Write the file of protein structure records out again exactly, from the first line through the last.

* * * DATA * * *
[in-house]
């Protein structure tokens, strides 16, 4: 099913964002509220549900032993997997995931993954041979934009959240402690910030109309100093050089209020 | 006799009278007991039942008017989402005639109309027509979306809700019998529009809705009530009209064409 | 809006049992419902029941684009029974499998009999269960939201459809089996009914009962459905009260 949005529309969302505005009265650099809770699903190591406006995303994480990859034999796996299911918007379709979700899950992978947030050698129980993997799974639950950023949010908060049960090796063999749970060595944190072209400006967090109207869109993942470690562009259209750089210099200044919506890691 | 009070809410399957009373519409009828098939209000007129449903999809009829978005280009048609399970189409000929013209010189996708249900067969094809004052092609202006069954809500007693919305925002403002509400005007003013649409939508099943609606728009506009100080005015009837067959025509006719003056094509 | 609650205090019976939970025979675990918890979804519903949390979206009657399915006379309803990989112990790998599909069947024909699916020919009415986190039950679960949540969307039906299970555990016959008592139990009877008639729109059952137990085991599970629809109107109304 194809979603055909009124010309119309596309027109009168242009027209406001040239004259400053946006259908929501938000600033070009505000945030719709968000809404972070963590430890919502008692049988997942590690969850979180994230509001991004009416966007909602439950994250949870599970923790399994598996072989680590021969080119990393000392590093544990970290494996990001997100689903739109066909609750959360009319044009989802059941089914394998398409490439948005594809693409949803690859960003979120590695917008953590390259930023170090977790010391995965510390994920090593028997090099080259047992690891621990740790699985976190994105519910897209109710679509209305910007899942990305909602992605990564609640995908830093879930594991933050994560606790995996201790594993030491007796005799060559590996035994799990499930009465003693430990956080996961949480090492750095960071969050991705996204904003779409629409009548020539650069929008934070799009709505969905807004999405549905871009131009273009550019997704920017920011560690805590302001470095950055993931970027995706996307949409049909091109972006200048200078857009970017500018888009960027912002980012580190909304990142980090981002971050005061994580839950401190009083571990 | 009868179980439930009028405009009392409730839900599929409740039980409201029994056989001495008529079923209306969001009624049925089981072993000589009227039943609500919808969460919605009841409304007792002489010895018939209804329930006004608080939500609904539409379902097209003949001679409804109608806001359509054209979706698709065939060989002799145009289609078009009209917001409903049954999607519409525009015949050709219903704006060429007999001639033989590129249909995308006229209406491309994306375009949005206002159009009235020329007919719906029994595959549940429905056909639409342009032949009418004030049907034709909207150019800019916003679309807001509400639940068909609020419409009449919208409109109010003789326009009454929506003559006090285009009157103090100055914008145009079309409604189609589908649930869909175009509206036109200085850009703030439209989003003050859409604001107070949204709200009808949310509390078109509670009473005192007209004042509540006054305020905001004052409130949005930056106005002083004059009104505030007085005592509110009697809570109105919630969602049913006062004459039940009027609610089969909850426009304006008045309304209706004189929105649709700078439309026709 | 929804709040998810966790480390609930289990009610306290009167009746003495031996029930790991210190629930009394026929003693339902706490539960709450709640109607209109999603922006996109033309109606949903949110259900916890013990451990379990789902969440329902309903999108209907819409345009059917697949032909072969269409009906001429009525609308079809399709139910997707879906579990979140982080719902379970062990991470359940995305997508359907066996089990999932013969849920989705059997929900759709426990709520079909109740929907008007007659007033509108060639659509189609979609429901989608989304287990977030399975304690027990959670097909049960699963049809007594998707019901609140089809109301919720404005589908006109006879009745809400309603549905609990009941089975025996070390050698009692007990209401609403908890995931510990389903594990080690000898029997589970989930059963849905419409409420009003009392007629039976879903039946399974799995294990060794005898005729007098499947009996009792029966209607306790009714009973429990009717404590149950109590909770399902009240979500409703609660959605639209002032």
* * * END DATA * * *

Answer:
[in-house]
């Protein structure tokens, strides 16, 4: 099913964002509220549900032993997997995931993954041979934009959240402690910030109309100093050089209020 | 006799009278007991039942008017989402005639109309027509979306809700019998529009809705009530009209064409 | 809006049992419902029941684009029974499998009999269960939201459809089996009914009962459905009260 949005529309969302505005009265650099809770699903190591406006995303994480990859034999796996299911918007379709979700899950992978947030050698129980993997799974639950950023949010908060049960090796063999749970060595944190072209400006967090109207869109993942470690562009259209750089210099200044919506890691 | 009070809410399957009373519409009828098939209000007129449903999809009829978005280009048609399970189409000929013209010189996708249900067969094809004052092609202006069954809500007693919305925002403002509400005007003013649409939508099943609606728009506009100080005015009837067959025509006719003056094509 | 609650205090019976939970025979675990918890979804519903949390979206009657399915006379309803990989112990790998599909069947024909699916020919009415986190039950679960949540969307039906299970555990016959008592139990009877008639729109059952137990085991599970629809109107109304 194809979603055909009124010309119309596309027109009168242009027209406001040239004259400053946006259908929501938000600033070009505000945030719709968000809404972070963590430890919502008692049988997942590690969850979180994230509001991004009416966007909602439950994250949870599970923790399994598996072989680590021969080119990393000392590093544990970290494996990001997100689903739109066909609750959360009319044009989802059941089914394998398409490439948005594809693409949803690859960003979120590695917008953590390259930023170090977790010391995965510390994920090593028997090099080259047992690891621990740790699985976190994105519910897209109710679509209305910007899942990305909602992605990564609640995908830093879930594991933050994560606790995996201790594993030491007796005799060559590996035994799990499930009465003693430990956080996961949480090492750095960071969050991705996204904003779409629409009548020539650069929008934070799009709505969905807004999405549905871009131009273009550019997704920017920011560690805590302001470095950055993931970027995706996307949409049909091109972006200048200078857009970017500018888009960027912002980012580190909304990142980090981002971050005061994580839950401190009083571990 | 009868179980439930009028405009009392409730839900599929409740039980409201029994056989001495008529079923209306969001009624049925089981072993000589009227039943609500919808969460919605009841409304007792002489010895018939209804329930006004608080939500609904539409379902097209003949001679409804109608806001359509054209979706698709065939060989002799145009289609078009009209917001409903049954999607519409525009015949050709219903704006060429007999001639033989590129249909995308006229209406491309994306375009949005206002159009009235020329007919719906029994595959549940429905056909639409342009032949009418004030049907034709909207150019800019916003679309807001509400639940068909609020419409009449919208409109109010003789326009009454929506003559006090285009009157103090100055914008145009079309409604189609589908649930869909175009509206036109200085850009703030439209989003003050859409604001107070949204709200009808949310509390078109509670009473005192007209004042509540006054305020905001004052409130949005930056106005002083004059009104505030007085005592509110009697809570109105919630969602049913006062004459039940009027609610089969909850426009304006008045309304209706004189929105649709700078439309026709 | 929804709040998810966790480390609930289990009610306290009167009746003495031996029930790991210190629930009394026929003693339902706490539960709450709640109607209109999603922006996109033309109606949903949110259900916890013990451990379990789902969440329902309903999108209907819409345009059917697949032909072969269409009906001429009525609308079809399709139910997707879906579990979140982080719902379970062990991470359940995305997508359907066996089990999932013969849920989705059997929900759709426990709520079909109740929907008007007659007033509108060639659509189609979609429901989608989304287990977030399975304690027990959670097909049960699963049809007594998707019901609140089809109301919720404005589908006109006879009745809400309603549905609990009941089975025996070390050698009692007990209401609403908890995931510990389903594990080690000898029997589970989930059963849905419409409420009003009392007629039976879903039946399974799995294990060794005898005729007098499947009996009792029966209607306790009714009973429990009717404590149950109590909770399902009240979500409703609660959605639209002032």